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Well, only two weeks late with putting up some photos from my New York trip.  I took way more than was good for me, so  I decided to focus on some of the details in this set.

These are all from Day 1:  Brooklyn Bridge, Financial District, Broadway, Soho, and NYU/Greenwich Village.

Brooklyn Bridge Cable

Brooklyn Bridge Cable

 

City Hall Park

City Hall Park

Panda on Wall St

Panda on Wall St

Brick Building

Brick Building

Hydrants, Financial District

Hydrants, Financial District

Broadway and Pine

Broadway and Pine

Store Window

Store Window

Going to Temple

Going to Temple

 

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Returned from a whirlwind weekend in New York City… made many mental observations, and I need to translate those to type here.

In the meantime, this little gem from the CTA Tattler:

CTA proposes raising fares in early 2010

If this change goes through – $3.00 for a single train ride and $2.50 for bus – it will officially make Chicago more expensive to travel in (passes aside) than New York, for which I paid $2.25 per ride (Chicago’s current fare for both bus and train).  But, I look on the bright side:  when I was in London, the one-way ticket was 2 pounds; now it’s L4, which at the current exchange rate ($1.58) is $6.32.  Go USA!

Seriously though, it will be rough if this change goes through.  Not only for all the people who, working low-pay jobs and/or supporting families, can barely afford their monthly pass in order to get to work; but also for any hope of convincing people to stop driving in the city.  As it is, many people I know find driving (even with the added irritation of parking) more convenient and economical than taking one or more trains and/or buses to get to where they want to go.  Making it significantly more expensive is a major disincentive for a behavior many don’t consider in the first place.

The costs of public transit, of course, are not easy to meet – and the CTA, like many similar organizations, are legally mandated to balance their budget at the end of each year.  As far as I have heard, however, no transit system can meet its costs “from the farebox,” so I’m not sure a fare hike is the answer here, and might in fact only break even if fewer people choose to ride.

I guess what I’m saying is, it’s complicated.  But taking the subway in NYC made me appreciate two things about Chicago:

1) As much as I’ve complained about the bad design of the El(evated) system, it is pretty damn cool to be able to see the streets you’re traveling en route.  The short trip across the Williamsburg Bridge to Brooklyn was the best view I had all weekend.

2) The NYC system is definitely more comprehensive, in that you can get to more places via subway (and presumably bus).  It still has annoying construction reroutes, which were pretty confusing to figure out, and several times I ended up waiting a while for a train (longer than I ever remember waiting in London or Paris).  Judging from the impatience of those around me, it was either atypical, or both delay and reaction are typical.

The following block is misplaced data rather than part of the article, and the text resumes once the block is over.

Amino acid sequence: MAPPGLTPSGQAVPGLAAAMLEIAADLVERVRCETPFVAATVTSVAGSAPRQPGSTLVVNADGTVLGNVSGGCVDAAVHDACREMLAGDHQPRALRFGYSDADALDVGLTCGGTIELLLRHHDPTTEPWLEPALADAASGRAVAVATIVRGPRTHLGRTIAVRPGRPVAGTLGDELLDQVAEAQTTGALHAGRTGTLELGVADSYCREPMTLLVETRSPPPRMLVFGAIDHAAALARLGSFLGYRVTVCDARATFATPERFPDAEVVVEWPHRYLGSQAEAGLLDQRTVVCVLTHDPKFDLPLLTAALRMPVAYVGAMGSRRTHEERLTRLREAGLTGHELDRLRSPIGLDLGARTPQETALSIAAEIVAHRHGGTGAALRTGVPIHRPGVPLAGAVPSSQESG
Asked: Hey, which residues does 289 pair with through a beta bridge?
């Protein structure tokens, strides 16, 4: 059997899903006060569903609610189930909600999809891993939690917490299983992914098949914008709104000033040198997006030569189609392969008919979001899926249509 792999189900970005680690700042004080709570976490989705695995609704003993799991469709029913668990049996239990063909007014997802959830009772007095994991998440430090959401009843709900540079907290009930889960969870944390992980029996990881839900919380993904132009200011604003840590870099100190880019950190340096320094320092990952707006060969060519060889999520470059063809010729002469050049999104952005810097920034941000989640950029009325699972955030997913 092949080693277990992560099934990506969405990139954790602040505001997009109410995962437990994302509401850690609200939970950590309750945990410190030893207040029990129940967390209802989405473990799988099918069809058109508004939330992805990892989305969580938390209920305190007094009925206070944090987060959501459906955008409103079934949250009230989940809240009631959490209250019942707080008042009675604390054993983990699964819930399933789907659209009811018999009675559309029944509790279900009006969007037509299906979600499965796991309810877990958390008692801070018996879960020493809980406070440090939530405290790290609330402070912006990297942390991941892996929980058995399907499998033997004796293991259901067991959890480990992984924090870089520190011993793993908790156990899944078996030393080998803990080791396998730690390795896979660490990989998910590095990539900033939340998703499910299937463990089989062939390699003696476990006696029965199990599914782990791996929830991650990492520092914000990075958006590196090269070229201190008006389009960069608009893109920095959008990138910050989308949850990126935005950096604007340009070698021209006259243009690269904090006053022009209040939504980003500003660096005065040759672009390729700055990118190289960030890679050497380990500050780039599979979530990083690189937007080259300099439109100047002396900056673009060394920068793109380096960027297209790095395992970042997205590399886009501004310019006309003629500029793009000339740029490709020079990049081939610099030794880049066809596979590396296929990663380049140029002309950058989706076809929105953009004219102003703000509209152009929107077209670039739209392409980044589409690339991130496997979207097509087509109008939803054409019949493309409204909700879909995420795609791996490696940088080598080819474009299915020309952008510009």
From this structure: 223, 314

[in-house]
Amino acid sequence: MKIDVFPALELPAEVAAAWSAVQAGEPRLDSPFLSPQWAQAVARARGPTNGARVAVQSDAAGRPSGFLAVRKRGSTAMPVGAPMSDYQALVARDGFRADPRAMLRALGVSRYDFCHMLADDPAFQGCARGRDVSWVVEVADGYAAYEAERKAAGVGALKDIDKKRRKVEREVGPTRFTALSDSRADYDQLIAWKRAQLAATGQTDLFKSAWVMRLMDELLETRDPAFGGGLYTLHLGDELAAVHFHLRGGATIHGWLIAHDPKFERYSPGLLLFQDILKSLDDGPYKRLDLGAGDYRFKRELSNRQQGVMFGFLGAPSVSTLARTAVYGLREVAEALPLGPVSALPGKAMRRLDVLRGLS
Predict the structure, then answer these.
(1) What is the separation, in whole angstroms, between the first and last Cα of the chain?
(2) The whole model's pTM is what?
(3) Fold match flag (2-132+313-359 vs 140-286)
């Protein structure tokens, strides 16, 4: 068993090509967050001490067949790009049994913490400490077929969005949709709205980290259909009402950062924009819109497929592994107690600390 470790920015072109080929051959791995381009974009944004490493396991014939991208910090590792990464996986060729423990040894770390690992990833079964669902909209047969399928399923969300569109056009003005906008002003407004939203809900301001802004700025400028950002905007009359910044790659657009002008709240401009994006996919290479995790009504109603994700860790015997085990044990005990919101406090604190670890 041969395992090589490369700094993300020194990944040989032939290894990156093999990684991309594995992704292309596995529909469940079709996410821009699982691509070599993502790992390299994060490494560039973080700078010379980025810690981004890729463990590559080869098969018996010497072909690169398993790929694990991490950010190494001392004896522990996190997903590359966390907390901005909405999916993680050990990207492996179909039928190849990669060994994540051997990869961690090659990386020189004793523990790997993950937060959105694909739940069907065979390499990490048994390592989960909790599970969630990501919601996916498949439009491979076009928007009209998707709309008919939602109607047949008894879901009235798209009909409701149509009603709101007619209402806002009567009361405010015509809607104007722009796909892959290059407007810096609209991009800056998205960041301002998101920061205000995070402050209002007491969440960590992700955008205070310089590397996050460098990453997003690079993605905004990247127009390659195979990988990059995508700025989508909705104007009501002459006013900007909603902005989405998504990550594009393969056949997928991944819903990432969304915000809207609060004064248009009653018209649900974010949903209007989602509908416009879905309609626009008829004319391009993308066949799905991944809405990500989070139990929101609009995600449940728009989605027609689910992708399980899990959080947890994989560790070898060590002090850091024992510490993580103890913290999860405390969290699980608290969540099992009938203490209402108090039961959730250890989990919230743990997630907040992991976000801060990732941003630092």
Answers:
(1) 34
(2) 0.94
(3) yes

Long story short:  Chicago’s CTA isn’t great, but NYC’s MTA isn’t actually much better!  Except in that people actually use it.

One of my favorite parts about the show is how they can spoof pop culture and/or get interesting celebrities to come and good around on their show, all in the name of children’s education.  A cursory glance at Youtube shows they’ve still got it.

Mad Men spoof – complete with sanitized version of beginning credits (i.e. he slips on a banana peel, doesn’t jump out of a building).

Michelle Obama growing a garden – she sounds a lot like Susan, reminds me of the show as I remember it!

Feist sings 1,2,3,4 on the street – slight changes to the lyrics and it fits right in.

I’m taking the name of my post from the anti-Olympics group that is/was operative in Chicago.

A lot of people are unhappy about this decision, and a lot of others are happy.  I’m in the latter camp.  Chicago needs love and attention in the form of economic development, but this is not the best way.  I really hope they can take some of the plans written up and turn them into non-Olympics-oriented development proposals/guidelines.

As far as the Michael Reese Hospital controversy,  I’m torn, but it sounds like they’re tearing down the Gropius buildings anyway.  If they can do something along the lines of repair and reuse, that’s probably the best solution.

Just returned from my first official professional planning conference, the APA Upstate New York Regional Conference!  I probably wasn’t as “professional” as I should have been, but it was a good time and the department comped most of it.

Most notable here:  I didn’t realize how much I missed delapidated city streets until our drives and walks through the area immediately around downtown.  I’ve included a couple photos (pre-processing) of my usual super abstract brick-wall-and-a-weed style.

Also, out of idle curiosity I checked out this and the other blogs’ reading stats lately… Stan&Ergo is doing better than I thought!  I should post some new ones soon.  Also, I found it amusing that almost exclusively, the key words listed to find the other blog were variations of “epic fail.”  Good times.

I’ll post the rest on Facebook, until I finally get around to a photoblog format.

Under Construction, Albany

Under Construction, Albany

Brick Wall, Albany

Brick Wall, Albany